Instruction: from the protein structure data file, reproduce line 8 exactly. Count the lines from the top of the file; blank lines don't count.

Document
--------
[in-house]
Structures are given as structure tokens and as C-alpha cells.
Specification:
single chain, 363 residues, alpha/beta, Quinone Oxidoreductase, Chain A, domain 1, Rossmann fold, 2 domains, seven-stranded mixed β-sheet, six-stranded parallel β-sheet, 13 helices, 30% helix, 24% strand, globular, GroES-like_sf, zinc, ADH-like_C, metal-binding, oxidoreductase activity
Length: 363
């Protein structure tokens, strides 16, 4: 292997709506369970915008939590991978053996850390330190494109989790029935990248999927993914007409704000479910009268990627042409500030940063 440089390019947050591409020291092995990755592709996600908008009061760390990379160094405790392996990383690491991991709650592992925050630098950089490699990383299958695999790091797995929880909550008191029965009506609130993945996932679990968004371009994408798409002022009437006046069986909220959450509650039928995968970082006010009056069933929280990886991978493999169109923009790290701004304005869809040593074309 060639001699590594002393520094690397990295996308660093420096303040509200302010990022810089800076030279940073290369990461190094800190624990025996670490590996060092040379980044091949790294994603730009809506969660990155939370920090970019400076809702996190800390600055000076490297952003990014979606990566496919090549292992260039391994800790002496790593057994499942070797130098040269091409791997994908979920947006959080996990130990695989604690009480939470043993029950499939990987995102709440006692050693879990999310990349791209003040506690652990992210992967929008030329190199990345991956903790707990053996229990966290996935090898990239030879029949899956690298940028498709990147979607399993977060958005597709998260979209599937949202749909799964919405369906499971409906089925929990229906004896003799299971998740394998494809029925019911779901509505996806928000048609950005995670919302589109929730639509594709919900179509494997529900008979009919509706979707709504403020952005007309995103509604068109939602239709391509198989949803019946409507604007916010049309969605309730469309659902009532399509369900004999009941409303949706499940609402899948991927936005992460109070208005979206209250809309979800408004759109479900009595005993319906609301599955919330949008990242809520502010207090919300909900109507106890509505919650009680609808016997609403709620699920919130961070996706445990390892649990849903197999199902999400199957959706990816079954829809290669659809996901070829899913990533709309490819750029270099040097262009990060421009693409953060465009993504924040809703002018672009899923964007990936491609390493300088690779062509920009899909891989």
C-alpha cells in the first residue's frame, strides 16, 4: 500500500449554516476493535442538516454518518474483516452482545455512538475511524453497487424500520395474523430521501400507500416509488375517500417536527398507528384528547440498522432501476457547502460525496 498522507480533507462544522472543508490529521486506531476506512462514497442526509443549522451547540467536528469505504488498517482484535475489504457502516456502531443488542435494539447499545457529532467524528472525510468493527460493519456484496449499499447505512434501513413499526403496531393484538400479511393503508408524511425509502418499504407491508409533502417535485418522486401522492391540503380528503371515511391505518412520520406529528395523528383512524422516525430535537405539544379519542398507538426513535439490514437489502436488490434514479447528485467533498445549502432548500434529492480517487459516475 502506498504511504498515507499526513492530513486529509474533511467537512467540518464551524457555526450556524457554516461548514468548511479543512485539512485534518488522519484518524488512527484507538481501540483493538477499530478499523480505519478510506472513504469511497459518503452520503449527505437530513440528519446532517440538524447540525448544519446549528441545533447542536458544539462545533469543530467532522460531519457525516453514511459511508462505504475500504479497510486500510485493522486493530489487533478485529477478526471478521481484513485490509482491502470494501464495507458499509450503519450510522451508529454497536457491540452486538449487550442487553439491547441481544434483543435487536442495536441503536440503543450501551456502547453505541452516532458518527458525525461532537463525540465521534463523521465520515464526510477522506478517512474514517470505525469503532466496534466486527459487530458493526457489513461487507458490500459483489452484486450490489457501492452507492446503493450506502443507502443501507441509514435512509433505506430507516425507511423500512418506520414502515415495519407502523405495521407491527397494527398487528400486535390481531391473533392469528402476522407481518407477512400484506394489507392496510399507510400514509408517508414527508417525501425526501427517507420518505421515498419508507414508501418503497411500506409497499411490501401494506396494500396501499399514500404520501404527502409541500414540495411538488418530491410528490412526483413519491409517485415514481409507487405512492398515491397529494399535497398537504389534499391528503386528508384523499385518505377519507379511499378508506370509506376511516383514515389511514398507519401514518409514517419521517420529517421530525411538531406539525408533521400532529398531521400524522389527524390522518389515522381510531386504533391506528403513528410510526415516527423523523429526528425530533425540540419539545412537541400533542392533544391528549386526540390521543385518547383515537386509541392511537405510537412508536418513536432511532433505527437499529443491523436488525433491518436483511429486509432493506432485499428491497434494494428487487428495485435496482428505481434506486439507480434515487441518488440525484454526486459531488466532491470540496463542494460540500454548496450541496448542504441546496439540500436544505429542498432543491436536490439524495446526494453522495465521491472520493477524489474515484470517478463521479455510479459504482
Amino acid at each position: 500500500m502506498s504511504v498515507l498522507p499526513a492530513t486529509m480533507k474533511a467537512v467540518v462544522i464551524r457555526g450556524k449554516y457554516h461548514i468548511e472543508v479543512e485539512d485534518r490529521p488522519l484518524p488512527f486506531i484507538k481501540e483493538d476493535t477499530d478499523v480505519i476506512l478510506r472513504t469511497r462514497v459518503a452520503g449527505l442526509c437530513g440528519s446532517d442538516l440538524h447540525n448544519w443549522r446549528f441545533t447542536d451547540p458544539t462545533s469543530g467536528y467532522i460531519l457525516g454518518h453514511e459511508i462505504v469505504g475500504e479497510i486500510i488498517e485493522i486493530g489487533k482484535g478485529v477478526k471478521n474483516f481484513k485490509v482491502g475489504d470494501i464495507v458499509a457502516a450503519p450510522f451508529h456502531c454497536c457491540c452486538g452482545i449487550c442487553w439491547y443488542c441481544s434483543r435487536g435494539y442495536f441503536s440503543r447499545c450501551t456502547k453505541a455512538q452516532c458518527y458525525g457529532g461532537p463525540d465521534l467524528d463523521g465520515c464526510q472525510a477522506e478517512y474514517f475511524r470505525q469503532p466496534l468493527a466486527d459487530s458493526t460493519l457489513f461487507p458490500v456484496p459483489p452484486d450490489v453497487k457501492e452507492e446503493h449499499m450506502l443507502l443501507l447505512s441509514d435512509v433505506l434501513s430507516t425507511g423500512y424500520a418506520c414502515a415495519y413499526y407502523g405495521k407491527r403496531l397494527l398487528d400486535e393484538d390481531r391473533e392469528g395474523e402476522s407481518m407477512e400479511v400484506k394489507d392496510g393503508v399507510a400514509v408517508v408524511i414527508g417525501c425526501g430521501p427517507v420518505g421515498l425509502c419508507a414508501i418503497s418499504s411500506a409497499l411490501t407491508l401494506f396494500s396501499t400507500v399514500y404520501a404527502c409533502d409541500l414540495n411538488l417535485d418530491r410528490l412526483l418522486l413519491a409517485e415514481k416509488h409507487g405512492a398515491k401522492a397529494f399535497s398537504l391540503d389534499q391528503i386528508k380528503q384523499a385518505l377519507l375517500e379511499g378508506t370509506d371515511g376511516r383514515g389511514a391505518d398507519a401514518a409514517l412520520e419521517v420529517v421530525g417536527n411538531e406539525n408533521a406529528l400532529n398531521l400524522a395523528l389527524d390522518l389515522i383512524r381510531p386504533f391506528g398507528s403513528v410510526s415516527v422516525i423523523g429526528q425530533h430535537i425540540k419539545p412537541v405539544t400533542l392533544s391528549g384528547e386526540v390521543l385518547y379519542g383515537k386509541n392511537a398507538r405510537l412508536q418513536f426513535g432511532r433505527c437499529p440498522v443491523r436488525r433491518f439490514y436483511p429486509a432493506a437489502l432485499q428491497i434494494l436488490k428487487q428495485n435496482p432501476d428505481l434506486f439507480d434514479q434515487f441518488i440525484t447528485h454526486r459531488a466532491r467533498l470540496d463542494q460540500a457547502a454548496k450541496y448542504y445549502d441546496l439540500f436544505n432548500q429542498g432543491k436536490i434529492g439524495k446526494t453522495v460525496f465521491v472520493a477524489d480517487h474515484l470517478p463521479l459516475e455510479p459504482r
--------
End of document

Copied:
Amino acid at each position: 500500500m502506498s504511504v498515507l498522507p499526513a492530513t486529509m480533507k474533511a467537512v467540518v462544522i464551524r457555526g450556524k449554516y457554516h461548514i468548511e472543508v479543512e485539512d485534518r490529521p488522519l484518524p488512527f486506531i484507538k481501540e483493538d476493535t477499530d478499523v480505519i476506512l478510506r472513504t469511497r462514497v459518503a452520503g449527505l442526509c437530513g440528519s446532517d442538516l440538524h447540525n448544519w443549522r446549528f441545533t447542536d451547540p458544539t462545533s469543530g467536528y467532522i460531519l457525516g454518518h453514511e459511508i462505504v469505504g475500504e479497510i486500510i488498517e485493522i486493530g489487533k482484535g478485529v477478526k471478521n474483516f481484513k485490509v482491502g475489504d470494501i464495507v458499509a457502516a450503519p450510522f451508529h456502531c454497536c457491540c452486538g452482545i449487550c442487553w439491547y443488542c441481544s434483543r435487536g435494539y442495536f441503536s440503543r447499545c450501551t456502547k453505541a455512538q452516532c458518527y458525525g457529532g461532537p463525540d465521534l467524528d463523521g465520515c464526510q472525510a477522506e478517512y474514517f475511524r470505525q469503532p466496534l468493527a466486527d459487530s458493526t460493519l457489513f461487507p458490500v456484496p459483489p452484486d450490489v453497487k457501492e452507492e446503493h449499499m450506502l443507502l443501507l447505512s441509514d435512509v433505506l434501513s430507516t425507511g423500512y424500520a418506520c414502515a415495519y413499526y407502523g405495521k407491527r403496531l397494527l398487528d400486535e393484538d390481531r391473533e392469528g395474523e402476522s407481518m407477512e400479511v400484506k394489507d392496510g393503508v399507510a400514509v408517508v408524511i414527508g417525501c425526501g430521501p427517507v420518505g421515498l425509502c419508507a414508501i418503497s418499504s411500506a409497499l411490501t407491508l401494506f396494500s396501499t400507500v399514500y404520501a404527502c409533502d409541500l414540495n411538488l417535485d418530491r410528490l412526483l418522486l413519491a409517485e415514481k416509488h409507487g405512492a398515491k401522492a397529494f399535497s398537504l391540503d389534499q391528503i386528508k380528503q384523499a385518505l377519507l375517500e379511499g378508506t370509506d371515511g376511516r383514515g389511514a391505518d398507519a401514518a409514517l412520520e419521517v420529517v421530525g417536527n411538531e406539525n408533521a406529528l400532529n398531521l400524522a395523528l389527524d390522518l389515522i383512524r381510531p386504533f391506528g398507528s403513528v410510526s415516527v422516525i423523523g429526528q425530533h430535537i425540540k419539545p412537541v405539544t400533542l392533544s391528549g384528547e386526540v390521543l385518547y379519542g383515537k386509541n392511537a398507538r405510537l412508536q418513536f426513535g432511532r433505527c437499529p440498522v443491523r436488525r433491518f439490514y436483511p429486509a432493506a437489502l432485499q428491497i434494494l436488490k428487487q428495485n435496482p432501476d428505481l434506486f439507480d434514479q434515487f441518488i440525484t447528485h454526486r459531488a466532491r467533498l470540496d463542494q460540500a457547502a454548496k450541496y448542504y445549502d441546496l439540500f436544505n432548500q429542498g432543491k436536490i434529492g439524495k446526494t453522495v460525496f465521491v472520493a477524489d480517487h474515484l470517478p463521479l459516475e455510479p459504482r